Tuesday, April 12, 2011

Greece’s GDP in 2010

In 2010, Greece’s GDP fell from €235 billion to €230 billion, a 4.5% decline in real terms, marking the country’s worst recession since 1974. If GDP falls by another 3%, as forecasted in the government’s budget, then it will end up at around 2005 levels. In this post, I want to disaggregate the decline in output and understand its main drivers and characteristics.

Before dissecting the numbers, I want to recall an earlier post dissecting Greece’s growth record since 2001 (see here). That analysis had led to these conclusions: (a) Greece needs to correct its massive current account deficit; (b) investment is too low; (c) employment in agriculture remains too high given sectoral output; (d) industrial production is below other European countries; and (e) an over-dependence on wholesale trade exposes Greece to over-cyclicality in output. In reviewing the GDP record of 2010, it is important to ask whether 2010 amplified or helped correct these trends.

In 2010, GDP fell mainly due to a drop in government spending and investment. A shrinking trade deficit contributed positively to output, while private consumption remained flat. For the most part, these trends followed earlier patterns. A lower trade deficit boosted output in both 2009 and 2010, although the deficit was still the highest in Europe. Investment fell in both years as well, but less so in 2010 than in 2009. Consumption, the main driver of growth over the last decade, fell in 2009 and was flat in 2010. Only government spending registered a major reversal, switching from growth to a decline in 2010.

These trends are no surprise: a recession should shrink spending and it should also help narrow trade imbalances. Yet the continuous drop in investment is worrisome. In 2010, Greece’s investment share of GDP was the second lowest in Europe after Denmark. To reach this position, Greece has seen a steady decline in investment since 2003: in that year, Greek investment was 25% above the European average (as a % of GDP); in 2010, it was 21.5% below. In nominal terms 2010 investment was below 2001 levels; in real terms, it was 24% down. The collapse in investment is a major challenge that the country will need to reverse.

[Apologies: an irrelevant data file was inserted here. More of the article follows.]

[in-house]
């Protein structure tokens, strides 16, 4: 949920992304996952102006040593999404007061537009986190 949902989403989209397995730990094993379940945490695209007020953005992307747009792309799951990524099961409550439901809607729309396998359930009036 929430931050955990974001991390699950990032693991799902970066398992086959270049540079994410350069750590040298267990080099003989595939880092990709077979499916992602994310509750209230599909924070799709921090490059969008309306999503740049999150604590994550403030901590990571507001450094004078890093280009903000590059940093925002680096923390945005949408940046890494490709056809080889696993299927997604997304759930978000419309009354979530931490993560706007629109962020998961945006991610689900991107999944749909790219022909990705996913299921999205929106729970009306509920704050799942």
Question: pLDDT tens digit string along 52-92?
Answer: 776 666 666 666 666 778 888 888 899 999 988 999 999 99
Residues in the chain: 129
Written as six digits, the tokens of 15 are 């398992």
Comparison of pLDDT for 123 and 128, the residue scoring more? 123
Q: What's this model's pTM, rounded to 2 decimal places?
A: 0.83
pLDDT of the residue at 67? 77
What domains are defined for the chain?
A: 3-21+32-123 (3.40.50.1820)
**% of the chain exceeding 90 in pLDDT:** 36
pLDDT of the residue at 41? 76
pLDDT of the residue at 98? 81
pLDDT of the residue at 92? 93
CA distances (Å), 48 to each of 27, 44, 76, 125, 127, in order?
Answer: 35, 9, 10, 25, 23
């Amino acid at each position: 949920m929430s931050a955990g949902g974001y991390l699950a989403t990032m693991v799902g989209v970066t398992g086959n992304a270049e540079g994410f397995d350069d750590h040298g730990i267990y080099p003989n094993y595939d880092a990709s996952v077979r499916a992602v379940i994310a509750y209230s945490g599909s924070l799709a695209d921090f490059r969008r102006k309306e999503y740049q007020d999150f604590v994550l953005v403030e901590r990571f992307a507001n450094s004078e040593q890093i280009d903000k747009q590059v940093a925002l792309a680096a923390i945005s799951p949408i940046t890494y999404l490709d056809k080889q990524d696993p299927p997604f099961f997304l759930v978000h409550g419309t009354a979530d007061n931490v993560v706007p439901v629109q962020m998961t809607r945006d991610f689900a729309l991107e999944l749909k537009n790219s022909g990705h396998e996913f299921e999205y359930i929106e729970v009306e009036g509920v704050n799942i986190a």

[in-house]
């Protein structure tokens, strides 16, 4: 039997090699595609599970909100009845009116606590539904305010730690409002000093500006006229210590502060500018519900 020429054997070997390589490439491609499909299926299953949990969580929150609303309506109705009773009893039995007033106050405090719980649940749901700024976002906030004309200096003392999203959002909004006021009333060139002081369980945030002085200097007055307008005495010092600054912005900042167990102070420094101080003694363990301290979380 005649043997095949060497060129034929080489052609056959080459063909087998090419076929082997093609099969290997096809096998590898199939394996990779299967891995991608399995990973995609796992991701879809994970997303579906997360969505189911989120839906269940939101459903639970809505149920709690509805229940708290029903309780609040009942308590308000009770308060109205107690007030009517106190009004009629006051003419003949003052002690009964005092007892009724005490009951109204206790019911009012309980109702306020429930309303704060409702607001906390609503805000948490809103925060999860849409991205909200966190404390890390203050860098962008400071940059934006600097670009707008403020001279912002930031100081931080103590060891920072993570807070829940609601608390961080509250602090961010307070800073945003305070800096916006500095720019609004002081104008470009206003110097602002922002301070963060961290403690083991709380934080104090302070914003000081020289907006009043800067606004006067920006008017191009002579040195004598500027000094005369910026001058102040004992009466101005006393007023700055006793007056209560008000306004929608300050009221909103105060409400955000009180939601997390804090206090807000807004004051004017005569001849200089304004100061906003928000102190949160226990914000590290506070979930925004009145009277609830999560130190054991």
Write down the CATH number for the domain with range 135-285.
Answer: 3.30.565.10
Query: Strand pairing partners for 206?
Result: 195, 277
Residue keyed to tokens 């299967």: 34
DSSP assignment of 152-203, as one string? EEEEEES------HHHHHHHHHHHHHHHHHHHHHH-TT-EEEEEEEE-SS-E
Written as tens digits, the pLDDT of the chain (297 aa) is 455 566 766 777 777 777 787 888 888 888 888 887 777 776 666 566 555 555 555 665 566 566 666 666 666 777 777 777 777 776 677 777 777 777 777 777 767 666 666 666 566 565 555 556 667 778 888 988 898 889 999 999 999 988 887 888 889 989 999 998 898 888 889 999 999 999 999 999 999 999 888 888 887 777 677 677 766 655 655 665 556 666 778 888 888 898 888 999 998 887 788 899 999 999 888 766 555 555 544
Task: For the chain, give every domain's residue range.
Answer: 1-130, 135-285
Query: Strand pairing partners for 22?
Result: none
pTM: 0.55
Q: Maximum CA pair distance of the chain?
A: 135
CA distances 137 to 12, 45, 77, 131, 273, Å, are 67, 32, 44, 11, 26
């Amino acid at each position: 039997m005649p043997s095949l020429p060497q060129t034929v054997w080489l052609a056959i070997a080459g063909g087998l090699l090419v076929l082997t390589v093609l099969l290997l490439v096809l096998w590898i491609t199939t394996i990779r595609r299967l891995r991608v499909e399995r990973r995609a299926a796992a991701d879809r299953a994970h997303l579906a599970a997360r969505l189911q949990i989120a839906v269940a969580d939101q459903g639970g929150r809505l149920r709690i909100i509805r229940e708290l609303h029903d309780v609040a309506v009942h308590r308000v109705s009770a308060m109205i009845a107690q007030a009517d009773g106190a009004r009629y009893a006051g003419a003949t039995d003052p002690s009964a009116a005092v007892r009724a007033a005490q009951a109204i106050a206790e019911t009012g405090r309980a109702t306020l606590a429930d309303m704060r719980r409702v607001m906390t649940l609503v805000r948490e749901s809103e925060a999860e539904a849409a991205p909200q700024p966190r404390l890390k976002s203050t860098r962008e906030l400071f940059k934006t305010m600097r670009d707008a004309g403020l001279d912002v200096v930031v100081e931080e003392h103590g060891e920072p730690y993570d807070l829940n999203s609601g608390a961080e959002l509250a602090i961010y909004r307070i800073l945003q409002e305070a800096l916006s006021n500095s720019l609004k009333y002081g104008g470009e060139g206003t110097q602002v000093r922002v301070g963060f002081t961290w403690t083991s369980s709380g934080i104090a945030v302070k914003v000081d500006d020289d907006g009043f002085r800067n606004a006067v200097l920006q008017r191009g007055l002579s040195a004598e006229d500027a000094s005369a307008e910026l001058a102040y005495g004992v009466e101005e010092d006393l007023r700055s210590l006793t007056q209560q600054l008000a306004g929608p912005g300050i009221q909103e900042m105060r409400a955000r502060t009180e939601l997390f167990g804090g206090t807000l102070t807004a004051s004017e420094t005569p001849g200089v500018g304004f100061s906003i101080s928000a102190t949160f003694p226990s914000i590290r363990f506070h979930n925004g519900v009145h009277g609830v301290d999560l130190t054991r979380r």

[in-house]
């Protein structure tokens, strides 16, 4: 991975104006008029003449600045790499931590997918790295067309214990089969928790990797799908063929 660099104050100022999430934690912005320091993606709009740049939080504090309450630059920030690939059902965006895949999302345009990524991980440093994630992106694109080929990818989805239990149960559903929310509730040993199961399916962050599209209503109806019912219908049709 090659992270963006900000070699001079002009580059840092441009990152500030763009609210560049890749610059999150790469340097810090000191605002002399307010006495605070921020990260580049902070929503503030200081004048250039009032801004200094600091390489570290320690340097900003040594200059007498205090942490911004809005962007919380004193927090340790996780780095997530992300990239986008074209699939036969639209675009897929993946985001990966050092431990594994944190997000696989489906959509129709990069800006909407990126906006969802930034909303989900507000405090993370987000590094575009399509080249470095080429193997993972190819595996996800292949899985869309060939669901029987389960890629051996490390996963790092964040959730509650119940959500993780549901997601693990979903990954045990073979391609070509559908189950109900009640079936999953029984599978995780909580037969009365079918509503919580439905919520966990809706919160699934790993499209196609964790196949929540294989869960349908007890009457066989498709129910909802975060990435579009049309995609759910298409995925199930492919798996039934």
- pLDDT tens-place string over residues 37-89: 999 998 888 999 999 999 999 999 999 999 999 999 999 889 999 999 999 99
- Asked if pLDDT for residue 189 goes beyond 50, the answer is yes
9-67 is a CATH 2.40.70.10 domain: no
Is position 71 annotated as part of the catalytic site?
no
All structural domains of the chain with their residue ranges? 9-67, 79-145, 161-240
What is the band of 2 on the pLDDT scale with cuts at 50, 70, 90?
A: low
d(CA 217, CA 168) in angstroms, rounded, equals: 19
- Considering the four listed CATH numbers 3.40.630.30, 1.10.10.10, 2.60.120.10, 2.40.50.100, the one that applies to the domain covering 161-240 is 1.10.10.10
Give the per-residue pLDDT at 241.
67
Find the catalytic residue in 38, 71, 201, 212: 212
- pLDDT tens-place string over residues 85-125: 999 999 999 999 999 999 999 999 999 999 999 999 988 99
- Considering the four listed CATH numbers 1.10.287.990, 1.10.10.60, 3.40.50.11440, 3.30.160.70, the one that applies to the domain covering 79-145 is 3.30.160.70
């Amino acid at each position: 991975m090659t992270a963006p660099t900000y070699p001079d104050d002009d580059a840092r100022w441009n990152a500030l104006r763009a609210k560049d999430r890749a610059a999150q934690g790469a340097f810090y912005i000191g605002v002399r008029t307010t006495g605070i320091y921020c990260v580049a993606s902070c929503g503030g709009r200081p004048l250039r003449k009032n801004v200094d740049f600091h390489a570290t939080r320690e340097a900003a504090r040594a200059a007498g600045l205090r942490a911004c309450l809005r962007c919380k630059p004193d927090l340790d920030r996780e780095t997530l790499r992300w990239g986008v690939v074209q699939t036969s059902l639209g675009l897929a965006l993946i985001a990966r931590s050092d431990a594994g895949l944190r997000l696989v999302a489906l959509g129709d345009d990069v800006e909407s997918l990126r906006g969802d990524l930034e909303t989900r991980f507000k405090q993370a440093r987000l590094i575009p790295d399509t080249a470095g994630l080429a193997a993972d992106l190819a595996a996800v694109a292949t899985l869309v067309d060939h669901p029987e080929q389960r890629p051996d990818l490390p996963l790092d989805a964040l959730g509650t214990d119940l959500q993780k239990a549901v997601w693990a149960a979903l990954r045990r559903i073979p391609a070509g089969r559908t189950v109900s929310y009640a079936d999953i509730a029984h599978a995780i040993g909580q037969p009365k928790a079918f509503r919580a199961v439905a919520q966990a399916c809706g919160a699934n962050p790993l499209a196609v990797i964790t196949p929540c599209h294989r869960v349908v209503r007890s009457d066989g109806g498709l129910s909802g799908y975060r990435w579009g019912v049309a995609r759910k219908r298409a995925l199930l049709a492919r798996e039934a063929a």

Looking at investment more closely reveals the following dynamics. Most of the volatility in investment comes from housing and from metal products and machinery: housing investment peaked in 2006 and has since fallen by more than 55%, while metal products and machinery investment peaked in 2008 and has since declined by 36%. Other constructions and transport equipment have both seen peaks and troughs that have left them at roughly stable levels in nominal terms.


Finally, the numbers at the industry level show that agriculture, industry and financial intermediation and real estate all grew in nominal terms in 2010, although their growth was meager (0.1% on average). Almost 60% of the decline came from public services (which was down -8%), while the rest of the drop came from trade, including tourism and transportation (-2.8%), and from construction (-12%).

Putting all these numbers together reinforces the picture that I sketched out in the past: Greece’s trade deficit, at 8.5% of GDP, has fallen but remains very high, while investment is not just low but in fact collapsing. The combination of a necessary decline in government spending with the high exposure to cyclical business (travel, wholesale trade) amplify the country’s economic decline.

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